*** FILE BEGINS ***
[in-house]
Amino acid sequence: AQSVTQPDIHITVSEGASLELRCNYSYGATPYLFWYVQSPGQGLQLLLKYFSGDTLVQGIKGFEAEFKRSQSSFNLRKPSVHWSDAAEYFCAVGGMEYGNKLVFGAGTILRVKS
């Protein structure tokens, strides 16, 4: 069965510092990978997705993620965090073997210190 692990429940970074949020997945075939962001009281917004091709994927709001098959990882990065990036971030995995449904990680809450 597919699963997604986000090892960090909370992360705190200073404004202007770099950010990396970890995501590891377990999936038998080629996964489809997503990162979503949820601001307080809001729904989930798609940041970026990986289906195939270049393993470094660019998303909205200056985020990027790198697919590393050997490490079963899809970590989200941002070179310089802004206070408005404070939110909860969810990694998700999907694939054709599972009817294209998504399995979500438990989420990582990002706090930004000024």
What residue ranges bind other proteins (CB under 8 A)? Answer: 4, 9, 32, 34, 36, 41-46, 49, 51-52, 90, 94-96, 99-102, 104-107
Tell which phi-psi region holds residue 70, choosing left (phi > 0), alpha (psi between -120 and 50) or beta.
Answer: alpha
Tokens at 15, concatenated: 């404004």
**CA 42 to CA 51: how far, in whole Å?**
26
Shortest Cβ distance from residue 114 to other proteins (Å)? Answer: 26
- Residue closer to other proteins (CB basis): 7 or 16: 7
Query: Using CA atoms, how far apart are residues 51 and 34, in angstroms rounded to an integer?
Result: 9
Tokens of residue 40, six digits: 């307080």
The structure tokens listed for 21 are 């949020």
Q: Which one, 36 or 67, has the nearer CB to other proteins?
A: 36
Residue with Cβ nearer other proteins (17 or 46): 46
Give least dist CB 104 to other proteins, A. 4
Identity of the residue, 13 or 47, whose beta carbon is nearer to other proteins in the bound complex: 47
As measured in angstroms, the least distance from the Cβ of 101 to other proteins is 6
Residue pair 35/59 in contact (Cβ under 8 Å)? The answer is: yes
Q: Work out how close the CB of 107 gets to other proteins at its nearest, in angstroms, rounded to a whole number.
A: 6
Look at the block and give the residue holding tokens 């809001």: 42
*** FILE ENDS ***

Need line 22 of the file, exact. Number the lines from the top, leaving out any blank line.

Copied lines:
Residue pair 35/59 in contact (Cβ under 8 Å)? The answer is: yes